Third, as surprising as it may sound given the aforementioned differences, shura like democracy envisages majority rule. In fact, shura would not be conceivable without this, provided that it is mandatory on the ruler. According to al-Mawardi - quoted by al-Sallabi - the members of a mosque community may choose their imam (prayer leader) by majority vote if they do not agree on one candidate unanimously. However, in Islam majority votes are restricted to issues of the public interest (maslaha 'āmma). This means that voting on the norms of the sharia is prohibited. With this qualification in mind the protection of opposition and minority groups would still be possible (al-Sallābī 2011:150, al-Sālih 1999:140). The support of majority decisions is also expressed by the editor Tarek M. T. Ezzat at, a website which is generally particularly sympathetic to Muslims living in minority contexts and helps propagate what has been termed the jurisprudence of Muslim minorities (fiqh al-aqalliyyāt al-muslima). is one of the two websites that followed the dissolution of in early 2010 (the other being a re-launch of most closely resembles as it used to be (Ezzat 2010b). Quoting Idris's fatwa the similarities come full circle:

In liberal democracy not even the majority of the whole population has the right to deprive a minority, even if it be one individual, of what is believed to be their inalienable human rights. (Irdis 2004)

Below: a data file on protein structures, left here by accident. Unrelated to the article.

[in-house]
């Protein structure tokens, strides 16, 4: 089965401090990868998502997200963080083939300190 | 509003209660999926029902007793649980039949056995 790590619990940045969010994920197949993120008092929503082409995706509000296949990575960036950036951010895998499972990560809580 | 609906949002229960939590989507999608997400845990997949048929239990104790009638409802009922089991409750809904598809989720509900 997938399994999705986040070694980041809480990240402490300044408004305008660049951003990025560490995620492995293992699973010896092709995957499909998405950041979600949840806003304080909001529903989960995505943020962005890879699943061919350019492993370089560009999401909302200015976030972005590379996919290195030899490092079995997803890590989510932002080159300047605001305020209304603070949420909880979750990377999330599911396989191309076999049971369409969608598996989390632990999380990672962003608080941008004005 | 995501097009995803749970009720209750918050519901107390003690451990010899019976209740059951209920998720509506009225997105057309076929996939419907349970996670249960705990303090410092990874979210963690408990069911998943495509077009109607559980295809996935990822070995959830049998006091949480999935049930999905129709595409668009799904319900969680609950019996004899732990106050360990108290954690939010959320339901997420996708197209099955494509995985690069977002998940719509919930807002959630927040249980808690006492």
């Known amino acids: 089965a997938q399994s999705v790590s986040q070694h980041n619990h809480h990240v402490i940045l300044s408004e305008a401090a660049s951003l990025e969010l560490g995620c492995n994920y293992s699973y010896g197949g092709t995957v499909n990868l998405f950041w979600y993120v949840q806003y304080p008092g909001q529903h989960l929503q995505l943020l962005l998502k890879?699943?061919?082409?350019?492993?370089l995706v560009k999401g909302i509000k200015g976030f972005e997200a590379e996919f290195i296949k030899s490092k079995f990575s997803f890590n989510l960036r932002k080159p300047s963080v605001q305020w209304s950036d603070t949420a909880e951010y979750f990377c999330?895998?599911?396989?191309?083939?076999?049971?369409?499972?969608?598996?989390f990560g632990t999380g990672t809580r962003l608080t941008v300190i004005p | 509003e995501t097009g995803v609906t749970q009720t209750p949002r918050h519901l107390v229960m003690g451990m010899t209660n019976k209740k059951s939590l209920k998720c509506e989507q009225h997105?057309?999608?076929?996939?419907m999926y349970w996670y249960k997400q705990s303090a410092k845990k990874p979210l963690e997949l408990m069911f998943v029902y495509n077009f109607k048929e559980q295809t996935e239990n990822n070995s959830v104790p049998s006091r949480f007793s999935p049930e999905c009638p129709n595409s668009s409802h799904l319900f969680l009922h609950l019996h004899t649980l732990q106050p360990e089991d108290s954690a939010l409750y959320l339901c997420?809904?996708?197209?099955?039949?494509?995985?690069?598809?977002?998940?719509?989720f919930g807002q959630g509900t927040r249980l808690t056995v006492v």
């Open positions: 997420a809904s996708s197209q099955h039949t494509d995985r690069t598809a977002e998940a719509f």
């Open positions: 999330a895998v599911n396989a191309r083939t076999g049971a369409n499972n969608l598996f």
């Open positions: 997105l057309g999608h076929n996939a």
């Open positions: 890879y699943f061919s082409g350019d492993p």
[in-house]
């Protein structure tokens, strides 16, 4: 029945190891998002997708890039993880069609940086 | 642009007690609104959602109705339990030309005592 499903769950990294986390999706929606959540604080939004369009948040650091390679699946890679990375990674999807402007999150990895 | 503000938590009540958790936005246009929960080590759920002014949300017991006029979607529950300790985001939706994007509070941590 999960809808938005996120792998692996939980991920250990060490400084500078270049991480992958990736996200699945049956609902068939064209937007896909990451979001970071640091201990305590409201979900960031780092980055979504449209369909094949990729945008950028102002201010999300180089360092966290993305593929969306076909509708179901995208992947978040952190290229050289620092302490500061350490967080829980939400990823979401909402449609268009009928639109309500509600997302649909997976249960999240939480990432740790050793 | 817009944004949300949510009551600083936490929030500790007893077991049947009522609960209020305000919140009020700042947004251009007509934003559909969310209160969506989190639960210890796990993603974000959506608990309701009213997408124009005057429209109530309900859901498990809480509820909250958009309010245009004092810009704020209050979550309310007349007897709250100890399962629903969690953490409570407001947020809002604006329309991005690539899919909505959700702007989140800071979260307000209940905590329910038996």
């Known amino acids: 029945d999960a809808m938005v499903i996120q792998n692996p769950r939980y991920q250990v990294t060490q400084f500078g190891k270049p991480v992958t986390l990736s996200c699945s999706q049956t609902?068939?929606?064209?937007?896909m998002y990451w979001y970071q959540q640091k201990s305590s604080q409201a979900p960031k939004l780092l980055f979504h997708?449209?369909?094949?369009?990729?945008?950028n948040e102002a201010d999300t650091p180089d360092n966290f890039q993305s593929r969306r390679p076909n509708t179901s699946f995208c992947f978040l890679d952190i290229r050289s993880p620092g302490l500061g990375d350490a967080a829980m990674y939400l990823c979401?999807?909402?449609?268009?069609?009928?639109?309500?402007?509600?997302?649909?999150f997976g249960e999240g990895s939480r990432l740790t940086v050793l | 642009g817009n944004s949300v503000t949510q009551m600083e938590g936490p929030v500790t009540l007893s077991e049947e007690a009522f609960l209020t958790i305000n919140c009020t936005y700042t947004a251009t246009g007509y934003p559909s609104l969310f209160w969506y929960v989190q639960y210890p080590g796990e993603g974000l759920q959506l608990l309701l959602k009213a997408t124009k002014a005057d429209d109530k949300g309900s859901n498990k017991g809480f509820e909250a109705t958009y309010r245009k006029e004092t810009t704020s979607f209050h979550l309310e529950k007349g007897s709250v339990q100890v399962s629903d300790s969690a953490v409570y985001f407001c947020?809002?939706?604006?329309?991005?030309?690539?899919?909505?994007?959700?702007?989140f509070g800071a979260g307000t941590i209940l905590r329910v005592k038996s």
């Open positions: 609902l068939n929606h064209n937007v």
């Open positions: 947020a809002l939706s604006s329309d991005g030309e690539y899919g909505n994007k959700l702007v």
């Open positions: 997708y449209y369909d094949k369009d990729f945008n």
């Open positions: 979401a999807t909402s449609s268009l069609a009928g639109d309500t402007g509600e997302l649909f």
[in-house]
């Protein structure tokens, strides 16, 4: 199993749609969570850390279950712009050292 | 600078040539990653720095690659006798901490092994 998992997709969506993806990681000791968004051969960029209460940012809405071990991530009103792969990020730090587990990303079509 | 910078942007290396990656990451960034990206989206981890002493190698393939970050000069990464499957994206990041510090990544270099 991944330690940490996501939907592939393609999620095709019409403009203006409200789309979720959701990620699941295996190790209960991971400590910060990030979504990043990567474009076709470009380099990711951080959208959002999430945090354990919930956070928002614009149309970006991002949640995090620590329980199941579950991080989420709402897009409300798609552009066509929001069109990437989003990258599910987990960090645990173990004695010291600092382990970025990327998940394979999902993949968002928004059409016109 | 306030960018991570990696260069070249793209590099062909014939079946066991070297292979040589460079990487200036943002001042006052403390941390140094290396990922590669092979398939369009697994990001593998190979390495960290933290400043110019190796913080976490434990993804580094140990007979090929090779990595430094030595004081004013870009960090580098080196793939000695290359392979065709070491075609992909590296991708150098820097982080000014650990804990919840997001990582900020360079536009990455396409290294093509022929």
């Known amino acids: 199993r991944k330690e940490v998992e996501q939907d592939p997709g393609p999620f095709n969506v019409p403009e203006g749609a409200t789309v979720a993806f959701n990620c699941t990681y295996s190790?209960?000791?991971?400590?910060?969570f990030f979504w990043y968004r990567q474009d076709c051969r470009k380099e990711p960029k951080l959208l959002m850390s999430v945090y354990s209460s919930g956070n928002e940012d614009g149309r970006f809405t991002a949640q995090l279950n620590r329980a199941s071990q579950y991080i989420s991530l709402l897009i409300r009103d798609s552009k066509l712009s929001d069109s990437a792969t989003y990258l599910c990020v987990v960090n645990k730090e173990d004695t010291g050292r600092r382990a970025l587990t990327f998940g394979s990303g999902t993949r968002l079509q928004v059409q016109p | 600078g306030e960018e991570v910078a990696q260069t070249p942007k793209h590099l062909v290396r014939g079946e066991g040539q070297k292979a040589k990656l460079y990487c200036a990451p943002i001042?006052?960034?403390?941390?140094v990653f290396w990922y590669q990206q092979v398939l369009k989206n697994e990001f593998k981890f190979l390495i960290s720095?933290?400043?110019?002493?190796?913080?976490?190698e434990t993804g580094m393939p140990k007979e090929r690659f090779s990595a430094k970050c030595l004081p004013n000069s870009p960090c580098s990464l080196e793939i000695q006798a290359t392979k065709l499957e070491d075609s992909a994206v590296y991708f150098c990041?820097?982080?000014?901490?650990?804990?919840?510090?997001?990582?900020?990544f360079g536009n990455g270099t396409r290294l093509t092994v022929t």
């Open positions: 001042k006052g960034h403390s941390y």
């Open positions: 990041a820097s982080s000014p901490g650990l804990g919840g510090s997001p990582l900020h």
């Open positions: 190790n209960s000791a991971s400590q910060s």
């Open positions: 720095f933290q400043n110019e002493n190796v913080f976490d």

The Mandatory Character of Shura

The question remains whether shura is mandatory (wājib) in the course of establishing government or whether it is simply commendable or recommended (mandūb, mustahabb) for the ruler and the ruled to exercise. Muftis in their online fatwas by and large maintain the former. Ebrahim Desai states that installing the caliph "has to be decided by Shura".[23] Dani Doueiri and his team "describe Islamic government as consultative by nature."[24] And the editorial staff of call on Muslims to "establish the principles of consultation and choosing the leaders, as Almighty Allah has ordered" (Mawlawi 2006). Gudrun Krämer's (1999:124) analysis reveals that scholars have maintained a consensus regarding shura as being compulsory for a long time (Ahmad 2009:52). Hence the online muftis and their opinions are in line with the offline discourse on the mandatory character of shura.

The Binding Character of Shura